The Tragedy of Dietrich Bonhoeffer

I am including this essay here by permission of Michael Fisher


It was April 5, 1943 in Berlin, Germany. Dr. Karl Bonhoeffer answered a knock at the door and was surprised when two men asked to speak to his son Dietrich alone in his room. As a result of the conversation, during which he was neither notified of his arrest nor shown a search warrant, Dietrich Bonhoeffer was forced to accompany the men, who were SS agents, to a military prison.

Dietrich Bonhoeffer was himself in the service of the Abwehr, the intelligence-gathering agency of the German army. However, his position as a government agent and as a member of a well-respected German family was not sufficient to ward off his arrest when large amounts of money contributed to the relief of Jewish refugees were traced to him.

After Bonhoeffer was in prison for about eighteen months, during which he enjoyed preferential treatment and constant communication with the outside, an attempt to assassinate Hitler occasioned a thorough shakeup within the Abwehr. High-ranking officials were implicated in the plot, and any person remotely connected to the scheme was summarily dealt with. Bonhoeffer was found to be complicit in the plan and fell victim to Hitler’s wrath. He was hanged in Flossenburg on April 9, 1945, just three weeks before the Allied Army took the city.

Dietrich Bonhoeffer is known throughout the Christian world today as a hero and Christian martyr. “Totally committed to Jesus Christ and to the church, he gave himself both in life and in death for his fellow men, proving that grace and discipleship are indeed costly,” says Dallas M. Roark in Dietrich Bonhoeffer.[1]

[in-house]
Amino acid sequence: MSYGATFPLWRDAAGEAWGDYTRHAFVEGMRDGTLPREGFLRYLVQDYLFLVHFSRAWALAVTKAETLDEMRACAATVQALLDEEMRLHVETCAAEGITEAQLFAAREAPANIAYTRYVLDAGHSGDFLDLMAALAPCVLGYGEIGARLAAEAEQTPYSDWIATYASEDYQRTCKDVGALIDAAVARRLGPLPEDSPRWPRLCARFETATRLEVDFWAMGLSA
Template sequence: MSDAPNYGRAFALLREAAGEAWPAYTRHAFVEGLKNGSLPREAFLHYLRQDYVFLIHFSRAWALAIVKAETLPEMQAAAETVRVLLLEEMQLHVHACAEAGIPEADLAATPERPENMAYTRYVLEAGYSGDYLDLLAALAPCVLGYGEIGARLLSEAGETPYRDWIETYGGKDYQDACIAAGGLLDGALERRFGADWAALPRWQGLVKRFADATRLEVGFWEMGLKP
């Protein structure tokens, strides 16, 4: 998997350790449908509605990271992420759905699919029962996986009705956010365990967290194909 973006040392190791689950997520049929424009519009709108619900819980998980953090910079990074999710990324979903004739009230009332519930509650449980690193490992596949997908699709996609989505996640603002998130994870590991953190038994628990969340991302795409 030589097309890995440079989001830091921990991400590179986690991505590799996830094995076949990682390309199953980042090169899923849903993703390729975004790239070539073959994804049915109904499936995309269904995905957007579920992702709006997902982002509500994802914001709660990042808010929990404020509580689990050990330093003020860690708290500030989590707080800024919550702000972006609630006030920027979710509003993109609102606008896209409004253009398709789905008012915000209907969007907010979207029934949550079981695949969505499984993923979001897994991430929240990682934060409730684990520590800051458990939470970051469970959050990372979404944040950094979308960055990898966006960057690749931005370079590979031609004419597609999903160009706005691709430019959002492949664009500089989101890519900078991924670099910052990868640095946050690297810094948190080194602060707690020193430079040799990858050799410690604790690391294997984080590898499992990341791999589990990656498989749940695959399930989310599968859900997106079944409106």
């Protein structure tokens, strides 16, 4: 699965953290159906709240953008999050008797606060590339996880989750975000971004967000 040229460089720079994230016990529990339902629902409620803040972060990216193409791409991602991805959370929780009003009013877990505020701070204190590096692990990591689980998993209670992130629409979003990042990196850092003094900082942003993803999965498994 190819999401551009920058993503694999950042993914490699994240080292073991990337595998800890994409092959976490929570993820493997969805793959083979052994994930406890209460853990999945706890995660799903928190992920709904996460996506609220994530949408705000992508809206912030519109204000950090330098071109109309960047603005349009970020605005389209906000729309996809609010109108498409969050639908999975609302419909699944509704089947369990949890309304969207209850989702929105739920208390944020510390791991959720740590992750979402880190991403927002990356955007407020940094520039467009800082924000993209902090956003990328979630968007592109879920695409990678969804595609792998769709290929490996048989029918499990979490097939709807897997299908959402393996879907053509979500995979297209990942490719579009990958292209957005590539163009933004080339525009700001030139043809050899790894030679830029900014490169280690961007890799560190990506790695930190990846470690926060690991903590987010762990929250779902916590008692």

In Great Leaders of the Christian Church, Richard Pierard declares, “[Bonhoeffer] decided that the only way to secure peace would be to eliminate Hitler. For him, treason had become true patriotism …”[2]

“Any Christian would do well to read the works of one who gave his life in direct connection with his Christian convictions. There have been many martyrs in this century, but few who so vividly recorded the circumstances that led to their martyrdom with both theological astuteness and a vision for future posterity.” So says Todd Kappelman in an article for Probe Ministries titled “Dietrich Bonhoeffer, The Man and His Mission.”[3]

Even secular sources acknowledge his death as a direct result of his Christian faith. The website of the United States Holocaust Memorial Museum states: “Bonhoeffer has become widely known as one of the few Christian martyrs in a history otherwise stained by Christian complicity with Nazism.”[4]

Bonhoeffer’s life is dramatized and eulogized in all forms of media, ensuring along with his extensive literary contributions that he will remain a personality definitive of his time, and influential in ours.

Dare we challenge the view of Bonhoeffer as a Christian martyr? Does our distance from the evils he faced disqualify us from drawing conclusions and holding opinions contrary to those of the world around us?

Are we guilty—as Anabaptists—of cheering from the stands, as Christians with a differing view of the use of violence engage evil in ways we believe are contrary to the teachings of Jesus? Or are we bold enough to point out the contradiction and take the risk of being labeled “pacifist” or “leftist”?